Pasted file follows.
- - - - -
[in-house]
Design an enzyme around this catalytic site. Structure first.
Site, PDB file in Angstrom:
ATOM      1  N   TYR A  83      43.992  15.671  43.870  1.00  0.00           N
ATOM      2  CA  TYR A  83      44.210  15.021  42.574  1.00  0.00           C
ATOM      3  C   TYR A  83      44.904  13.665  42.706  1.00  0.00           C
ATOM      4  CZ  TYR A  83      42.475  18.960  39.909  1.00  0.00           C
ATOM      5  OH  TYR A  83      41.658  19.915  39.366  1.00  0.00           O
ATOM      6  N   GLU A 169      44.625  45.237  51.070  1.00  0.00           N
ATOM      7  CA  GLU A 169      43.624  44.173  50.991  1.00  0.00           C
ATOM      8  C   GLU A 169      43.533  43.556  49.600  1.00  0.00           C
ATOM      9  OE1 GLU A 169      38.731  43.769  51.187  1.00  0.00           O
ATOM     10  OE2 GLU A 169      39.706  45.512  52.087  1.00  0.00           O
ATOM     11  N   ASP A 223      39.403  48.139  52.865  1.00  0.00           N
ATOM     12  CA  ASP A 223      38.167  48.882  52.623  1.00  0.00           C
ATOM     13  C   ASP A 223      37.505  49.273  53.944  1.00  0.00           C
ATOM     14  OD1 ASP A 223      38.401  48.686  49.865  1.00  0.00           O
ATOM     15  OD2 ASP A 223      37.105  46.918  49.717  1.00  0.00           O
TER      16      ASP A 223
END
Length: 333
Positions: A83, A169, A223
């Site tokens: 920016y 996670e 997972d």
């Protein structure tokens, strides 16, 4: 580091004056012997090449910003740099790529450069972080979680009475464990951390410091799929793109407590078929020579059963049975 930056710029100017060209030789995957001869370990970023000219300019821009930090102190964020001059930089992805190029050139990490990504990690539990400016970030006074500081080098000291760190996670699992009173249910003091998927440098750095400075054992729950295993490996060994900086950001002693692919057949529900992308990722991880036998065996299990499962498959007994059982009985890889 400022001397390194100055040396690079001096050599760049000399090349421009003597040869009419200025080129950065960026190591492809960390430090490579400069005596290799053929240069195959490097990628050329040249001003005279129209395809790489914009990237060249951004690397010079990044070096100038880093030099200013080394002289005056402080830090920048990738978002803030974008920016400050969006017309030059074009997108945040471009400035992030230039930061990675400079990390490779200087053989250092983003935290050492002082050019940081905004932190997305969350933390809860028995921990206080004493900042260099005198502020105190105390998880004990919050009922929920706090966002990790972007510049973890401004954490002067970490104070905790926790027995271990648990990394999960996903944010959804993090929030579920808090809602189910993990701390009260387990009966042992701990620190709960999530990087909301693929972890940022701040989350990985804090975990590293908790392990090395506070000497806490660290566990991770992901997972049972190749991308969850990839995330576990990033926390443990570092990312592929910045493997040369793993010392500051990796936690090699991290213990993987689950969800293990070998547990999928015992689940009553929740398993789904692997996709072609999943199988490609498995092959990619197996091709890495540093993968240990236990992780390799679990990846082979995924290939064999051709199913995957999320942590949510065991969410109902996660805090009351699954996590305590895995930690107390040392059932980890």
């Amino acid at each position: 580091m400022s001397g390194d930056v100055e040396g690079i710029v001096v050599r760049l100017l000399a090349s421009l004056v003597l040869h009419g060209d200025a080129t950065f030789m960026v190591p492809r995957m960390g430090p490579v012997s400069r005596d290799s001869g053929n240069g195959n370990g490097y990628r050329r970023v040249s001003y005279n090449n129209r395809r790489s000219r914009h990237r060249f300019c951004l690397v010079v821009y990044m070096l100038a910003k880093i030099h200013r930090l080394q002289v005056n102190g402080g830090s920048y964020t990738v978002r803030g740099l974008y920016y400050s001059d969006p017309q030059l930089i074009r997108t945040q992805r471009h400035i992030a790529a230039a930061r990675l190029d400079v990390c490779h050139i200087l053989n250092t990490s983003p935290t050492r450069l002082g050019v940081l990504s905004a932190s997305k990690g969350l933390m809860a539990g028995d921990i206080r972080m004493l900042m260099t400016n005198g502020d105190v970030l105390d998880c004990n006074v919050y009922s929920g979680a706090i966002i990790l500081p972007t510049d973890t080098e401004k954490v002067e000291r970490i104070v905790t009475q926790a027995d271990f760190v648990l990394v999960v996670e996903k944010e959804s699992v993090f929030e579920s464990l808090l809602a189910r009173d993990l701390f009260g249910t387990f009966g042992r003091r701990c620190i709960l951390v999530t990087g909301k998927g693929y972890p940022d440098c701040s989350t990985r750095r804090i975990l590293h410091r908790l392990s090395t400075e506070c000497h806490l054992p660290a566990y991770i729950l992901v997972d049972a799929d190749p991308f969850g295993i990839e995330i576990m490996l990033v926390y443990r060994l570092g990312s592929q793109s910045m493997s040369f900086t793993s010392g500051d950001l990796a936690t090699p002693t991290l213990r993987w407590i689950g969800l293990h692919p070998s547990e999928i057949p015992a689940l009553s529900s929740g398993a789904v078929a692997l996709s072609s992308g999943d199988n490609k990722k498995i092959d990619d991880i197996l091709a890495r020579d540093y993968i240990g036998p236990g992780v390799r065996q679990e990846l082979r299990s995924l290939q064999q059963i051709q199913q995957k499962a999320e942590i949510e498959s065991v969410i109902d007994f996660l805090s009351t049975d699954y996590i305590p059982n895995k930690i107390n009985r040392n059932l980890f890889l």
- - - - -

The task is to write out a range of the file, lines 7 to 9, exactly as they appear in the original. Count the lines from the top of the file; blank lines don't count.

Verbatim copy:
ATOM      4  CZ  TYR A  83      42.475  18.960  39.909  1.00  0.00           C
ATOM      5  OH  TYR A  83      41.658  19.915  39.366  1.00  0.00           O
ATOM      6  N   GLU A 169      44.625  45.237  51.070  1.00  0.00           N